There are numerous conditions that fall under the general category of congenital disorders. These include:
- Birth defect – significant structural malformation of a body part
- Congenital physical anomaly – difference or abnormality of a body part that is not considered a problem condition. Most of us have minor physical abnormalities
- Congenital malformation – injurious physical anomalies that include dysmelias, which is when the malformation affects a single limb, or malformation syndromes, when multiple body parts are affected
- Genetic disorder – although considered congenital, some may not become recognized until later in life. Genetic disorders include:
- Single-gene defect: results from abnormalities in both copies of an autosomal gene (recess disorder) or in only one of the copies (dominant disorder)
- Multiple-gene disorder: arises out of abnormalities or deletionsof a few genes located contiguously in a chromosome
- Chromosomal defect: loss or duplication of an entire or larger portions of a chromosome
- Congenital metabolic disease – gene defect, usually inherited, which may affect the structure of body parts or their function
- Sporadic birth defect – unknown cause which cannot be attributed to environmental exposures or genetic abnormalities
There is some overlap between these distinctions. And while most congenital disorders are hereditary, they can also be acquired, as when defects or disorders are caused by physical injuries during delivery or through the use of certain medications during pregnancy.
Birth injuries occur in about 2.7% of births in the US and can affect the life of a newborn over the long term. They include Cerebral Palsy, Erb’s Palsy, Klumpke’s Palsy, Brachial Plexus Palsy, Temporary Paralysis, Brain Damage (most often caused by oxygen deprivation), and Fractured Collar Bone.
Birth injuries may occur when the umbilical chord becomes compressed or twisted, causing oxygen deprivation; due to mechanical trauma, such as when the baby assumes a position other than “head first” or if the baby is too large to pass easily through the birth canal; or due to delivery mistakes, such as when excessive force is applied during delivery or when a needed C-section is delayed.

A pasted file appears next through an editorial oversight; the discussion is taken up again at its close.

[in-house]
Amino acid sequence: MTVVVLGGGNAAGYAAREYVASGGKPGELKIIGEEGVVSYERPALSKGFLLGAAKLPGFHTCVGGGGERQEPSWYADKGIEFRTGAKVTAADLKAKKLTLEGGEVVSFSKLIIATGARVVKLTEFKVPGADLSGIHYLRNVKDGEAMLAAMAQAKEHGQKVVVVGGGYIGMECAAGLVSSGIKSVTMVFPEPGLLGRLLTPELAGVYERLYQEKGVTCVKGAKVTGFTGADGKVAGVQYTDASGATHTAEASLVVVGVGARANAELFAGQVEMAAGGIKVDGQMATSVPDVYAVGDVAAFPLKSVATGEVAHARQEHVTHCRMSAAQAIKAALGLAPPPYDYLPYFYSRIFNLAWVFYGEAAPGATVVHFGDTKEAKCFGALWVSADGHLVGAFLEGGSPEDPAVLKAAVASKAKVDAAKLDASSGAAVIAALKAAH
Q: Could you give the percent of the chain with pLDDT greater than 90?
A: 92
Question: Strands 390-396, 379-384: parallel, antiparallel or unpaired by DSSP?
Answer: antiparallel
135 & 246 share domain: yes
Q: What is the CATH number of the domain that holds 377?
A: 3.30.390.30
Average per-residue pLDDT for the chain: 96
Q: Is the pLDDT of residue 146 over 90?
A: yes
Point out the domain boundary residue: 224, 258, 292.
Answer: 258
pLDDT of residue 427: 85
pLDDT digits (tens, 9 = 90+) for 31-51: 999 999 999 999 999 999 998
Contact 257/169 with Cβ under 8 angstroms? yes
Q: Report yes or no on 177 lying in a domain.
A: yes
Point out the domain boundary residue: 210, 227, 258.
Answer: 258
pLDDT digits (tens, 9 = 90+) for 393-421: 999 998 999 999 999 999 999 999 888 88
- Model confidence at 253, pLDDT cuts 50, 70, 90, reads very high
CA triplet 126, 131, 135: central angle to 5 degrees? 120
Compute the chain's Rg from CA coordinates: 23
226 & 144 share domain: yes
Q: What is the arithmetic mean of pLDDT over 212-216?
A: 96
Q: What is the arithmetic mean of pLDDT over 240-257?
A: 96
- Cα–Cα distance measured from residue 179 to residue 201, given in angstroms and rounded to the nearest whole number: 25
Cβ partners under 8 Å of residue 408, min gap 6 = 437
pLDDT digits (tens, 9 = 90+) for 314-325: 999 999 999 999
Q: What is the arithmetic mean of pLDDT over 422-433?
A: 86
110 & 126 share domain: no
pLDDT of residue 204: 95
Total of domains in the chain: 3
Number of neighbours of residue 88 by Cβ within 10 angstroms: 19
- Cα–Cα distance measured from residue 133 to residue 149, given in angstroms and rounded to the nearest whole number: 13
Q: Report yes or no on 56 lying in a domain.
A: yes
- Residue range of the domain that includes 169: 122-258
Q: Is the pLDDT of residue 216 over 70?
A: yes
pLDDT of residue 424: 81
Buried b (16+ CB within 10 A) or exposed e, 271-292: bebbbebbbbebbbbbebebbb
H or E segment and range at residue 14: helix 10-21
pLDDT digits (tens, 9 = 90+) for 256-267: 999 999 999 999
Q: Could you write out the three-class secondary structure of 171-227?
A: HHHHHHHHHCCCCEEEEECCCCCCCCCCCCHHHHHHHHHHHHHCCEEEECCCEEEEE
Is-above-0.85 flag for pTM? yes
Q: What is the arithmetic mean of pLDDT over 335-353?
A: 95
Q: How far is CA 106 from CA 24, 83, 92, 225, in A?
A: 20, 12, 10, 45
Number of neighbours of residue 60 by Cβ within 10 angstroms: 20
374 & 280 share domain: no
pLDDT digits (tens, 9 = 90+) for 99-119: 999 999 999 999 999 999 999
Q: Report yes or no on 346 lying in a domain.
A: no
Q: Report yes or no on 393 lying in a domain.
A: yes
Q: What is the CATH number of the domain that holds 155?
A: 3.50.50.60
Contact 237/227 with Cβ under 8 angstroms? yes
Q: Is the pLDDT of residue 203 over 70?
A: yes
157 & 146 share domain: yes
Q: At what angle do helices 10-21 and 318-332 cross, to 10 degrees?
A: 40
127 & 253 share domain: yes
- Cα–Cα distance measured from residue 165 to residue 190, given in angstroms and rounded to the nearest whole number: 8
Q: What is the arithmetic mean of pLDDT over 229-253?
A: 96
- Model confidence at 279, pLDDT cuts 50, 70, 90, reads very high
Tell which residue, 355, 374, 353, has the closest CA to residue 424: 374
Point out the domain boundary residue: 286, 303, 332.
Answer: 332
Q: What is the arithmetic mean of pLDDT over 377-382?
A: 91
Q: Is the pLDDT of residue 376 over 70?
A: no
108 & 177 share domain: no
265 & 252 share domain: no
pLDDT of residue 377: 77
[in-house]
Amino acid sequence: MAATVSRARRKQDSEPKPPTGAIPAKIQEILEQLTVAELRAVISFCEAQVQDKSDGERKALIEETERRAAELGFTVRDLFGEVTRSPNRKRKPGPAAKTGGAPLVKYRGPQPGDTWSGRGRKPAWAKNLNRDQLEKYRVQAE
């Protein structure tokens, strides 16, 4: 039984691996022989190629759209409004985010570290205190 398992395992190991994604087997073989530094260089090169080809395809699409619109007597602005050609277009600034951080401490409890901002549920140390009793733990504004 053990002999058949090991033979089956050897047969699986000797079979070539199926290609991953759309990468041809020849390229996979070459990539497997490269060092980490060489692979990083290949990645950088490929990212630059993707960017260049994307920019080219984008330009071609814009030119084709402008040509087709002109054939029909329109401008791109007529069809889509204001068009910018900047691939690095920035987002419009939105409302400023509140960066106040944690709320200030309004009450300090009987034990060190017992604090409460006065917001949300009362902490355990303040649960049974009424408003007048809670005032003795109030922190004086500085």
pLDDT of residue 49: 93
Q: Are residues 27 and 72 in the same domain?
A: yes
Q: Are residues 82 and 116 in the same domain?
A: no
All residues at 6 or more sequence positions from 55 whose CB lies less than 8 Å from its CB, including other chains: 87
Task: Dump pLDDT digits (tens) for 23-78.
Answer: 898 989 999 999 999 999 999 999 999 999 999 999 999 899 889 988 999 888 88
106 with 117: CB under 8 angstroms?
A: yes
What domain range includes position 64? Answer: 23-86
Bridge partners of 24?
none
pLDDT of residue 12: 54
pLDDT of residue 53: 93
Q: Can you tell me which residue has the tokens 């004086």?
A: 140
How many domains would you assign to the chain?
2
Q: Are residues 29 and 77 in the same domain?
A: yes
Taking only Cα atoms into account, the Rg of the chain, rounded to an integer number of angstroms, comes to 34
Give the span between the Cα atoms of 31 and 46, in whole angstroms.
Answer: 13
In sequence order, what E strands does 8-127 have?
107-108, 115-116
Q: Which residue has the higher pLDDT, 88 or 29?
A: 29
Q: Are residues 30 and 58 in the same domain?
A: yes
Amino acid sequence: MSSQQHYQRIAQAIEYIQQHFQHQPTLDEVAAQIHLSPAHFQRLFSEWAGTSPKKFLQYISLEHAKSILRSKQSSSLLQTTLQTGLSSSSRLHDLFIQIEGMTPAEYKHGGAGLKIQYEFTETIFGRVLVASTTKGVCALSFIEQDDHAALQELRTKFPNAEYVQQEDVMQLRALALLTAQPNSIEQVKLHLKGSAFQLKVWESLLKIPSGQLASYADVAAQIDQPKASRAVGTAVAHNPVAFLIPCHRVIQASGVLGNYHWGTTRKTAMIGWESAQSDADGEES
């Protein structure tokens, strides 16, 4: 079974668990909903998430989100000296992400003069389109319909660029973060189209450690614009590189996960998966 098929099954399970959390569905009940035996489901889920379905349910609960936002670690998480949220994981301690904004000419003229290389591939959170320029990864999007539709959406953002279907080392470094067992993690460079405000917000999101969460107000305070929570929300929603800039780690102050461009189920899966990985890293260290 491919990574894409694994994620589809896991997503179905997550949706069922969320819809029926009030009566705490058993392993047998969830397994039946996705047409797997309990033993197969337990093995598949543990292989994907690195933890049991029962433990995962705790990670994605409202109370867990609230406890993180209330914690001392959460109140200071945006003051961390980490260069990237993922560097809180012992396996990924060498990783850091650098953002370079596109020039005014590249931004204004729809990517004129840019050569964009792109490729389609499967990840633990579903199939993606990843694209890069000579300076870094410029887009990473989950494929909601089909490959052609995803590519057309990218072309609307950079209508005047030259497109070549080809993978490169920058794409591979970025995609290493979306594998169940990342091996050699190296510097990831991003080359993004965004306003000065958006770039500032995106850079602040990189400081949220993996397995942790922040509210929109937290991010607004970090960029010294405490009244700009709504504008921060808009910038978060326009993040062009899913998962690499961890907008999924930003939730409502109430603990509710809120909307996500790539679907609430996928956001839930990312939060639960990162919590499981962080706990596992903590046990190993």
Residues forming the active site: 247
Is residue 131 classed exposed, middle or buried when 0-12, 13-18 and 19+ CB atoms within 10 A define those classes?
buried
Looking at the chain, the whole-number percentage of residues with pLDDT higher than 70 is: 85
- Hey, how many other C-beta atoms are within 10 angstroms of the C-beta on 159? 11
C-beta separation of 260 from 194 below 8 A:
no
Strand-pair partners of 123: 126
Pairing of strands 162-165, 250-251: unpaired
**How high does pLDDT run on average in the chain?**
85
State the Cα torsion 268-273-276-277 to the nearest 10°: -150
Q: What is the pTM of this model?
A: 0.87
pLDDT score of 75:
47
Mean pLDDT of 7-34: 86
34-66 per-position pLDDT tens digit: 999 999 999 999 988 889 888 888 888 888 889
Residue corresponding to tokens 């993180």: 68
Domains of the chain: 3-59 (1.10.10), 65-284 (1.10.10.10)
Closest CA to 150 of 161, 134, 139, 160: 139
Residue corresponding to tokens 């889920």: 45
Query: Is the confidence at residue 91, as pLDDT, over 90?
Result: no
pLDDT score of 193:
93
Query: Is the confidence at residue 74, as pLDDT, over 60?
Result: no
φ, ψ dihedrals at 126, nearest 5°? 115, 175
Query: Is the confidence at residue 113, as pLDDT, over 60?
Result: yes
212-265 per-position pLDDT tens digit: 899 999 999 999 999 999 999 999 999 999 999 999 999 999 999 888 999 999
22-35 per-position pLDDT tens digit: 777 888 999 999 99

The Food and Drug Administration (FDA) keeps track of possible problems with medications used by women who are pregnant or breast-feeding. Some perscription drugs that can cause birth defects include Accutane, Crestor, Cytotec, Lexapro, Paxil, Phenytoin, Soriatane, and Terbutaline. But research in this area is limited by ethical dilemmas involved with including pregnant and breast-feeding women in studies.
The use of medications during pregnancy and other intrauterine influences that may cause birth defects are referred to as teratogenic. In some cases, women may have been taking medications before realizing they were pregnant. But in addition to medications, teratogenic incidents may be caused by dietary deficiencies, the use of illegal drugs or alcohol, the ingestion of mercury or other toxins, and infections. Some of the infections that can affect the baby when contracted during pregnancy include syphilis and rubella.
Any damage to the embryo before the third week of gestation is likely to result in its death. The type of birth defect after this is often related to when the embryo is exposed to the damaging influence. For instance, an infection in the mother in the third week may damage the embryo’s heart, whereas an infection in the eleventh week is likelier to cause the baby to be born deaf. After the eleventh week, the fetus’ organs are more developed and less susceptible to teratogenic incidents.
More information on birth defects may be found at the Centers for Disease Control and Prevention’s (CDC) website. Since early 1998, Congress authorized the CDC to collect, analyze, and distribute data on birth defects and to operate regional centers for applied epidemiologic research on their prevention.